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Research Center on Addictions Study








Mark A. de Bernardo



                        Fifteen percent of the American work force – or 19.2 million employees – have been hung over, drinking shortly before showing up at work, and/or drinking or impaired while at work at least once in the previous year, according to a recent study by the State University of New York at Buffalo’s Research Institute on Addictions (“RIA”).


                        RIA conducted its study of 2,085 employed adults under a grant from the National Institute for Alcohol Abuse and Alcoholism, and its results were recently published in the Journal of Studies on Alcohol


            Not surprisingly, the study found that young, unmarried males were the highest at-risk group, and were the group most likely to show up at work drunk or hung over.


                        It also found that employees who work on the evening or night shifts, and those employees with irregular work schedules, were much more likely to drink before coming to work, and subsequently to be drunk, impaired, or hung over on the job.


                        The RIA study also found job type to be a significant factor, with the highest rates of on-the-job alcohol use and impairment to be in the following occupations: management, sales, arts/entertainment/sports/media, food preparation and serving, and building and grounds maintenance.


                        You may be surprised to find out that “arts/entertainment/sports/media” is one occupational group.  However, it may not be surprising that it has a high rate of work-related alcohol abuse.


                        The RIA study found that, in the last year, of American workers:


        2.1 million – 1.7 percent – reported working under the influence of alcohol;


•        2.3 million – 1.8 percent – reported drinking within two hours of reporting to work;


•        8.9 million –  7.1 percent – reported drinking at least once during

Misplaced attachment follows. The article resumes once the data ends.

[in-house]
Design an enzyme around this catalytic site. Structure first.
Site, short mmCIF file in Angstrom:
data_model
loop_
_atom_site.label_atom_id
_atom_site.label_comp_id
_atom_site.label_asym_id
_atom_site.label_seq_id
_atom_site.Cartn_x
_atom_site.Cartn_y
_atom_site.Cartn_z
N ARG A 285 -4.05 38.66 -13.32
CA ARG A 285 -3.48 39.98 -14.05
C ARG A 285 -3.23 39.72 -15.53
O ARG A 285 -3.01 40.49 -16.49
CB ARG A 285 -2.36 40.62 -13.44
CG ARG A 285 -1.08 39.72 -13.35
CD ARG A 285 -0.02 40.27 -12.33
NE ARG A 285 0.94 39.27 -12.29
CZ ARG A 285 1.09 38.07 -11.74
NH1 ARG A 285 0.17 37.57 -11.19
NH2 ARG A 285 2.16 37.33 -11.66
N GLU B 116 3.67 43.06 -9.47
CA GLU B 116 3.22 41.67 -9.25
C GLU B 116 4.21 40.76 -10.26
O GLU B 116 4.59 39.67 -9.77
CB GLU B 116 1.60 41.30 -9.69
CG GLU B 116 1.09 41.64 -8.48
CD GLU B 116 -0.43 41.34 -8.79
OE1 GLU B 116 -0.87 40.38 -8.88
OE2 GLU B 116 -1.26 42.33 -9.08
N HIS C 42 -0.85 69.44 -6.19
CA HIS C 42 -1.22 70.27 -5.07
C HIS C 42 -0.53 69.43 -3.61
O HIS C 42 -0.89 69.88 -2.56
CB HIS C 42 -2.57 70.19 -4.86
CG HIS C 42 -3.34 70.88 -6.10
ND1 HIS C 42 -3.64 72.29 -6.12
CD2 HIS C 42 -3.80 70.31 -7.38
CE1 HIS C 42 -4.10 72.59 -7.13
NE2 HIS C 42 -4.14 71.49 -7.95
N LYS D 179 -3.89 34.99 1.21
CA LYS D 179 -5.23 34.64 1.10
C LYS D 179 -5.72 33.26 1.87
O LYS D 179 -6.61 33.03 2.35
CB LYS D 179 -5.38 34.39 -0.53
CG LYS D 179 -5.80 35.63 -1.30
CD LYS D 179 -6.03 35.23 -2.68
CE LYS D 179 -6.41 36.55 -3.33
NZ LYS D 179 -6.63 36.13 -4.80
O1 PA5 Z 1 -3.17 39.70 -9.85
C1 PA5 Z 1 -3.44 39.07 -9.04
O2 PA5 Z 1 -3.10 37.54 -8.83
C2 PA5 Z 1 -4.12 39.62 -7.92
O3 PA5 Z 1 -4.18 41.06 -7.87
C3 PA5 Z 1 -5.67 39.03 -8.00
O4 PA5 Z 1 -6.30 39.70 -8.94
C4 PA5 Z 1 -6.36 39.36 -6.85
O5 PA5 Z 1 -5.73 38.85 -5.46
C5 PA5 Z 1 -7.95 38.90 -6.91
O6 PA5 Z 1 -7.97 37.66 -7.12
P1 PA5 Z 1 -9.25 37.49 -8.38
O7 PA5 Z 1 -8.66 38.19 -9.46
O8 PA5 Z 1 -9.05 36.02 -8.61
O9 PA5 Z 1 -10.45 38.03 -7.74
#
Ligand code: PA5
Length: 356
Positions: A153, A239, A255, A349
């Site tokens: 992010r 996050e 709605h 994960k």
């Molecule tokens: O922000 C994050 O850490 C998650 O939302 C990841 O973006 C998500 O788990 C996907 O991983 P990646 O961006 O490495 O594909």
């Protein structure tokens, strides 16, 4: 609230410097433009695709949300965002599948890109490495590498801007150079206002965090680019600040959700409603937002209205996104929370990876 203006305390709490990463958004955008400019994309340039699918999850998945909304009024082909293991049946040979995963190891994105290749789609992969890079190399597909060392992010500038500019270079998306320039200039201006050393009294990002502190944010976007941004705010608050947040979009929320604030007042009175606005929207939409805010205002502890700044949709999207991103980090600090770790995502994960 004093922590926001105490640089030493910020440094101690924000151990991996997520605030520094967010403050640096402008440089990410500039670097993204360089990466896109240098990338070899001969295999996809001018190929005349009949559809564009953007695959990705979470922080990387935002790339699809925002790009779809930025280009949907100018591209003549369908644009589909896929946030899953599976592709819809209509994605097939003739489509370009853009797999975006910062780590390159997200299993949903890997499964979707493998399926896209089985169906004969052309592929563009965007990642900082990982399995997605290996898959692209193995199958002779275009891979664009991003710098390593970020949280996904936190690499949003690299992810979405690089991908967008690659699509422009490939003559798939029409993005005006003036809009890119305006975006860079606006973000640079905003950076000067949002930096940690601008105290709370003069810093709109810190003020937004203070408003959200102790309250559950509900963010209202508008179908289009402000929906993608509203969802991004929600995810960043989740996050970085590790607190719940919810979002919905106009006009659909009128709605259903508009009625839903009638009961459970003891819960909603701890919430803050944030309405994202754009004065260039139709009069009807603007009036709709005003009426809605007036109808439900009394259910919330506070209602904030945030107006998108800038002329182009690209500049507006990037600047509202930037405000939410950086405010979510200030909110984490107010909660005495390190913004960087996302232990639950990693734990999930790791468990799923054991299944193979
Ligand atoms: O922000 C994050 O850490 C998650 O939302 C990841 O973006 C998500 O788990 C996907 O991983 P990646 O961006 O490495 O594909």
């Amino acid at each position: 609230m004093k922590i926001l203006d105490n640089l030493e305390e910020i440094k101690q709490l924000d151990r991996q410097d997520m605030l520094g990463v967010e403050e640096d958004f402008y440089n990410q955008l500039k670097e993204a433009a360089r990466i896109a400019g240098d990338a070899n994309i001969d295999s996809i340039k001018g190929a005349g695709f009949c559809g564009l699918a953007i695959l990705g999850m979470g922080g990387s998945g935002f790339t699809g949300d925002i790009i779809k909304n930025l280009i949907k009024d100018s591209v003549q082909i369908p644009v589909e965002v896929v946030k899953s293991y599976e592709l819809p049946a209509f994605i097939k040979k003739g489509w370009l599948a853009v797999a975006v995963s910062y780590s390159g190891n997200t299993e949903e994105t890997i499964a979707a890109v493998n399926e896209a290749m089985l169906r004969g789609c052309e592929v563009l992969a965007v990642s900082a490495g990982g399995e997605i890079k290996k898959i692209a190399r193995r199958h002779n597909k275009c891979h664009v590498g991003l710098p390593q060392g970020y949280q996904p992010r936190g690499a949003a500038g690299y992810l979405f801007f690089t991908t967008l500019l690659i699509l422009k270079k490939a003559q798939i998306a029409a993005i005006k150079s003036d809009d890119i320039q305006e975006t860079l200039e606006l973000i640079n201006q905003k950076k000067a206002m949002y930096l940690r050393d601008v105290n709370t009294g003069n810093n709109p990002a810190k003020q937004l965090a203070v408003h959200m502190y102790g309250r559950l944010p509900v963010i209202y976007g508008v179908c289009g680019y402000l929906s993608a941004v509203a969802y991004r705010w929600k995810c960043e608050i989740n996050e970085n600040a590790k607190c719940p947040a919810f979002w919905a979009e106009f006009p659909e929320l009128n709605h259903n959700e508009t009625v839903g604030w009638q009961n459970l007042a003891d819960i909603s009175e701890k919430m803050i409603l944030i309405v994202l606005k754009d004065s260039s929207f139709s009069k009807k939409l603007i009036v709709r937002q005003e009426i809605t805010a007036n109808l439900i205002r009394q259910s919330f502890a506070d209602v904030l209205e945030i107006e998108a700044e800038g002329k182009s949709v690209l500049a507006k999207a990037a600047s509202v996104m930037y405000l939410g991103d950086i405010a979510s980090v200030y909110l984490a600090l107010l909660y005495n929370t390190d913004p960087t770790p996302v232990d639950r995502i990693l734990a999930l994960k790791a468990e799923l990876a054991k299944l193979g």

the workday; and


•        11.6 million – 9.2 percent – reported working with a hangover.


            Of those who drink during the workday, 14 percent reported they did so on a weekly basis, and 24 percent said they did so monthly.


           Of those who reported drinking proximate to the start of work (within two hours), 4 percent said they did so weekly, 25 percent said they did so at least monthly.


           “Alcohol is the most widely used and misused substance in the general population and in the work force,” said Professor Michael R. Frone, who headed up the study. “The misuse of alcohol by employed adults is an important social policy issue with the potential to undermine employee productivity and safety.”


            The 19.2 million American employees who abused alcohol in a work-related context within the last year contrasts with the 12.3 million American employees who engaged in illicit drug use in the last month (a figure from the U.S. Department of Health and Human Services [“HHS”] study reported in the Institute’s September 30, 2005 “Research & Study Update”).


            The HHS study reported that of the 51.9 million adult “binge drinkers” (five or more drinks on at least one occasion in the last 30 days), 41.2 million (79.3 percent) were employed either full- or part-time.


             Thus, HHS seems to identify a much bigger employee alcohol-abuse problem than RIA, but RIA ties it more directly to workplace impacts.


             If you have any questions or comments in this regard, please contact me at (703) 288-4300 (the Institute’s phone number), (703) 821-2189, or at debernam@jacksonlewis.com.  Warm regards.